Press to MECO are a Crawley/Croydon based band, who have created a synthesis of progressive, hardcore, metal and pop in an admirable and spectacular fashion. Between guitarist Luke Caley, bassist Adam Roffey and drummer Lewis Williams, their unpredictable and unrelenting style was palpable from the moment they hit the stage.
All three are vocalists as well as playing their respective instruments, and achieve some stunning harmonies whilst doing so. Their stage presence is undeniable, with Luke and Adam owning the front of the stage whilst Lewis practically bounced around the drum kit, with all three sharing some absolutely glorious riffs and complex, technical solos.
I might have been slightly concerned as Press to MECO had announced that their initial plan – to release Here’s to the Fatigue on November 17th – was not going ahead, but the three of them did not remotely disappoint. The PTM boys exude personality and charisma, to the point where they all riff off each other in between songs and can joke off the tiniest of mistakes; Luke encouraged the crowd to boo Adam as his bass was slightly out of tune – which he fixed quickly through the booing – and their control of a crowd was absolutely amazing. They know who they’re playing to, and they know how to keep you going.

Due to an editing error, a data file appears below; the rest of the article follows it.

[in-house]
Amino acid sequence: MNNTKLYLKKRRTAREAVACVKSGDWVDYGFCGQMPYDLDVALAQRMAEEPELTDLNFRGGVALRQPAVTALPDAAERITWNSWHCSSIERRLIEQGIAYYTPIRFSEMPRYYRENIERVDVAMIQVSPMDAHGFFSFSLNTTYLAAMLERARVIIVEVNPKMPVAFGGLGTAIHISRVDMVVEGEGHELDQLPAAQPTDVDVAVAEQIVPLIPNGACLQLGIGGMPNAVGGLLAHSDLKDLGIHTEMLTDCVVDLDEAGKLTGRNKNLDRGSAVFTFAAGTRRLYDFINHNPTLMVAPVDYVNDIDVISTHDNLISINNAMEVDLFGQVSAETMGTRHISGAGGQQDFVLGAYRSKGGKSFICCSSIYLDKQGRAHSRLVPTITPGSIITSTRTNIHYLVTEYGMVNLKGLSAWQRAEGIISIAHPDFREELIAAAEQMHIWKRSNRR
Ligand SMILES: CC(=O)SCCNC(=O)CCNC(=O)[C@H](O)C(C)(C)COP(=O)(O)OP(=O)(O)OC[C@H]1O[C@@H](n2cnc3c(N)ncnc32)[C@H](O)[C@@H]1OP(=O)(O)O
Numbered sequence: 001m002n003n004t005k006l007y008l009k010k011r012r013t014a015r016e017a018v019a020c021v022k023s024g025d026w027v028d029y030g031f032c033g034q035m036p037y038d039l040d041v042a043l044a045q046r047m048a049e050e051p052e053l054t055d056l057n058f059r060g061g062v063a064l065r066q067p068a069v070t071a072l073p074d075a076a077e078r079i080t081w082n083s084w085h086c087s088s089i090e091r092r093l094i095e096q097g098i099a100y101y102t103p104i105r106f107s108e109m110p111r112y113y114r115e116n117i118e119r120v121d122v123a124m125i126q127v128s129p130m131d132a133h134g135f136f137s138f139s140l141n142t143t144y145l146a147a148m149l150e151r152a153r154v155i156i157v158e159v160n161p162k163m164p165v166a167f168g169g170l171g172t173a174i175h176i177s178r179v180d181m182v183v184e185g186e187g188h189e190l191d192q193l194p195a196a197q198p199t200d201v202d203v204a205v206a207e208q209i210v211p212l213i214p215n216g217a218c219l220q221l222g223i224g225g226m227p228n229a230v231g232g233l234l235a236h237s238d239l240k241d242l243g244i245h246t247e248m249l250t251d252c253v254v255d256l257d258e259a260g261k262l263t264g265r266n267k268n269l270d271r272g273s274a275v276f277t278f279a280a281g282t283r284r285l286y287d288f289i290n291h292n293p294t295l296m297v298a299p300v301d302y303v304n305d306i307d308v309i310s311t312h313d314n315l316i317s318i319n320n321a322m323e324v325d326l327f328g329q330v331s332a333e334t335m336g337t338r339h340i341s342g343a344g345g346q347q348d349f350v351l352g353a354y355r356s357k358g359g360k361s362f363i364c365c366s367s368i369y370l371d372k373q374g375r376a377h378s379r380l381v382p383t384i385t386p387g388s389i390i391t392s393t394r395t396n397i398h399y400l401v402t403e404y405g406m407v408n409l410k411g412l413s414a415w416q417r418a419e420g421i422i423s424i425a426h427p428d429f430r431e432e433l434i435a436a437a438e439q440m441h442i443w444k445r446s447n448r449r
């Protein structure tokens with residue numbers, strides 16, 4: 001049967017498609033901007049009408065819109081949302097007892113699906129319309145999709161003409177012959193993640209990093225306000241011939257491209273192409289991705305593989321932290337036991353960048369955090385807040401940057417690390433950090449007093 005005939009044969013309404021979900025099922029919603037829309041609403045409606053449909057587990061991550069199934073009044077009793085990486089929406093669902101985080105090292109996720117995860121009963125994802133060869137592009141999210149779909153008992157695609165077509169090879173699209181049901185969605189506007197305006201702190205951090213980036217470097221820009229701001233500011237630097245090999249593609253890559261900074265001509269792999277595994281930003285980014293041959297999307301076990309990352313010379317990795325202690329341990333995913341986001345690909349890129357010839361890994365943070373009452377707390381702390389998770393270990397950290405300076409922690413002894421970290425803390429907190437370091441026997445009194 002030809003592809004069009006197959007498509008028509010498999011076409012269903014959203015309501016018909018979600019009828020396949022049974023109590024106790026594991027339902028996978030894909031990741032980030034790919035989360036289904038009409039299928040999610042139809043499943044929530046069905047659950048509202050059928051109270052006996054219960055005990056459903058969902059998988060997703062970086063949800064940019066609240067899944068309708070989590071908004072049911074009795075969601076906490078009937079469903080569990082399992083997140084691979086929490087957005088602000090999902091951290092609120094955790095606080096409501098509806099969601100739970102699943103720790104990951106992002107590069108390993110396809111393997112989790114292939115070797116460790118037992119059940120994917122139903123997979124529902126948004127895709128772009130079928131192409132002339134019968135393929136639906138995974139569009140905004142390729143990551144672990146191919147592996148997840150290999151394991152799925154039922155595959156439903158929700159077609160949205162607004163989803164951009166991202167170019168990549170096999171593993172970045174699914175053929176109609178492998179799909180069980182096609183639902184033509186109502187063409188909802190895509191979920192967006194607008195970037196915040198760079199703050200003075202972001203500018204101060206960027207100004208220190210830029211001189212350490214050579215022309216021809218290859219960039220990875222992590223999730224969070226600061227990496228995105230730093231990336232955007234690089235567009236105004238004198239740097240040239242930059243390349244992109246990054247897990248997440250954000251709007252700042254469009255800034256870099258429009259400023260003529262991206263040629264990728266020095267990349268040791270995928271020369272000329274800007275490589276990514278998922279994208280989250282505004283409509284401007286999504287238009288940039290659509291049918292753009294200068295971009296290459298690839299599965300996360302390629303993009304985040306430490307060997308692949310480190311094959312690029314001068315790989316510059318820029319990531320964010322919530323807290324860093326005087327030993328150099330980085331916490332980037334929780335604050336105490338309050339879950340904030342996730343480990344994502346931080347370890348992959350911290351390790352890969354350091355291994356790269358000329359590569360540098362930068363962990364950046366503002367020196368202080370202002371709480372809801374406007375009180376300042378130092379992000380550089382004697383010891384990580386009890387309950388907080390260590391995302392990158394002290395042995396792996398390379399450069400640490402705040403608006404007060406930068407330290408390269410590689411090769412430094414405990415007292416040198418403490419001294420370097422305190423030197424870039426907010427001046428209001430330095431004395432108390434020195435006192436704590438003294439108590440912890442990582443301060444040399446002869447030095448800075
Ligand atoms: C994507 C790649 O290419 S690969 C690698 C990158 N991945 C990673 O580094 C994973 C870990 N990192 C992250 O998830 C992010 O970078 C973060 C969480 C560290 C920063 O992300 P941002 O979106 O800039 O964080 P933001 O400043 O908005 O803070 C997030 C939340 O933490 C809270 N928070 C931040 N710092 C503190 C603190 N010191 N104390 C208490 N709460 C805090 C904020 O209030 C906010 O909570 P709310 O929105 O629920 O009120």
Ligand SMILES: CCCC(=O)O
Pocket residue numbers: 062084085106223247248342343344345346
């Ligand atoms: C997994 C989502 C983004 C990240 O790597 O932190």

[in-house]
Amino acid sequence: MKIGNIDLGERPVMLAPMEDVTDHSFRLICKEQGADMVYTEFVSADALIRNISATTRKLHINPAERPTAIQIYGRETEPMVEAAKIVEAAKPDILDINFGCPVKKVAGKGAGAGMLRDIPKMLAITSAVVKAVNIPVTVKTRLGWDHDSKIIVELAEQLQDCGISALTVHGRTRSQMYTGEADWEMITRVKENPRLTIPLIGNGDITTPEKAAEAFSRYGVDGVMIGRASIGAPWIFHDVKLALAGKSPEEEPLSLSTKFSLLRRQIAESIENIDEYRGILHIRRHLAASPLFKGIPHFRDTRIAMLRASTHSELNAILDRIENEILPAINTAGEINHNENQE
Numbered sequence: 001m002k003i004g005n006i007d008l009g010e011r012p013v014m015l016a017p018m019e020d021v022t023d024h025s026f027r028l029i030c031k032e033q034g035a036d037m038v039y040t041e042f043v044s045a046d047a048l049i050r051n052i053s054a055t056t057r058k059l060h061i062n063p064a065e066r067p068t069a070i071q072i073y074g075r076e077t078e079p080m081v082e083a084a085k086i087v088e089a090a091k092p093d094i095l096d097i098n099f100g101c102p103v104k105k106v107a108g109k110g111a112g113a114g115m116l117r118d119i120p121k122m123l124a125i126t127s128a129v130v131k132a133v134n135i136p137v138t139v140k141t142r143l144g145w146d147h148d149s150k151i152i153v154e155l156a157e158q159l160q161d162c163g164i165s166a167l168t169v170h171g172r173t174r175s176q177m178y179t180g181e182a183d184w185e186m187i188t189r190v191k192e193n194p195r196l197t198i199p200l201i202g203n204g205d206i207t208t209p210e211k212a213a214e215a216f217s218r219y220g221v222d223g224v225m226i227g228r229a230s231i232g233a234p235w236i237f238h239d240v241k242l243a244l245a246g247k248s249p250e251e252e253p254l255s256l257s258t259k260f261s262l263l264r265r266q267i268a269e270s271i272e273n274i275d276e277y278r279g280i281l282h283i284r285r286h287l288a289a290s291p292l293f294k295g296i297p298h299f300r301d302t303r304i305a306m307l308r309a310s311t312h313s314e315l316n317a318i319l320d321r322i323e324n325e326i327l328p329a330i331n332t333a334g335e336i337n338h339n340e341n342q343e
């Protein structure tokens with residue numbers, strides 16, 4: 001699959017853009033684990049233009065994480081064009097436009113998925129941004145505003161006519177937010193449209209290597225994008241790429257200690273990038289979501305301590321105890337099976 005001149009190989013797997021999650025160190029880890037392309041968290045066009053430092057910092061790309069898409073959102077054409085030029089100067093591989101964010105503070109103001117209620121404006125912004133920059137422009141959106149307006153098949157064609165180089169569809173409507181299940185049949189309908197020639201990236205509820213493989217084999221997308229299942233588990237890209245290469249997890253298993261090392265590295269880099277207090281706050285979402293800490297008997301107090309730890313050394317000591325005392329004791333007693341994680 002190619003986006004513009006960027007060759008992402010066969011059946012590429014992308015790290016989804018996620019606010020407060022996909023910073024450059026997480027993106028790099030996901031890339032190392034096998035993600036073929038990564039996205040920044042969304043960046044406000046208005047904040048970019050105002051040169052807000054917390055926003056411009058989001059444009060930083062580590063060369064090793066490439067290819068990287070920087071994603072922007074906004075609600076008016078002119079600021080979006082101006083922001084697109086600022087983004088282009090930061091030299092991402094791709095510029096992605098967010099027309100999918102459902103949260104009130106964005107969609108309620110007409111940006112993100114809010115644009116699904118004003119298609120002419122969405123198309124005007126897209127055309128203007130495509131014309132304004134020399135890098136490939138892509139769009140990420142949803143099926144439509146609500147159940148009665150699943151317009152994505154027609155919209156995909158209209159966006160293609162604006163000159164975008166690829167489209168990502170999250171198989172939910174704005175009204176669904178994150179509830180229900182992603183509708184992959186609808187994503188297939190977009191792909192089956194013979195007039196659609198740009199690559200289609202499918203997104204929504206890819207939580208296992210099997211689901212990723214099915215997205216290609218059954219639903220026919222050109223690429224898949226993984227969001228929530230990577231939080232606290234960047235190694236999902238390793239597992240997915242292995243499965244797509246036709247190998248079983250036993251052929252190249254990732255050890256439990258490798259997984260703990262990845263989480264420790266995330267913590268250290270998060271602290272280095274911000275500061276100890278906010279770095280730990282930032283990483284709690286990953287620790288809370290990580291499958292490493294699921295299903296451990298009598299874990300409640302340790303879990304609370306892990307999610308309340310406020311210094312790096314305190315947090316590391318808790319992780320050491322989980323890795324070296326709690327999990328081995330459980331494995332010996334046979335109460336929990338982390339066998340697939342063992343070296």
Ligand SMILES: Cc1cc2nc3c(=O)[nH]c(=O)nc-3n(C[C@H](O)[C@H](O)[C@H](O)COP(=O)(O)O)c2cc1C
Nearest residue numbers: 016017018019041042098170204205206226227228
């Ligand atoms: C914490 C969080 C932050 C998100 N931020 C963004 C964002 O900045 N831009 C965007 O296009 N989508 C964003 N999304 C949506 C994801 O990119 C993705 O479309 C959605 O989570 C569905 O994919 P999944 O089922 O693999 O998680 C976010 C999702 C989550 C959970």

They're fun in a manner that a lot of bands tend not to be
A few new songs punctuated the pieces from their first LP and EPs – between the familiarity of 'Diffusion of Responsibility' and 'Affinity' (which is a phenomenal piece of music) were newer pieces from just over the past year. 'Here’s to the Fatigue' and 'If All Your Parts Don’t Make a Whole' are just as fun and original as their first album, and whilst I’m already waiting desperately for their new album release, this definitely made that wait all the more tense.
Jumpin’ Jacks is a small, intimate venue, perfect for the charisma of the three of them, but in all honesty, I’m very surprised they aren’t playing bigger venues as a headline act! They’ve hit Download and Tech-Metal Fest before, and they’re fun in a manner that a lot of bands tend to not be. They’re personable, and it’s not just playing music, it’s a memorable, stellar performance from beginning to end.
In response to your tweet? You’re welcome, boys – you were well fit too.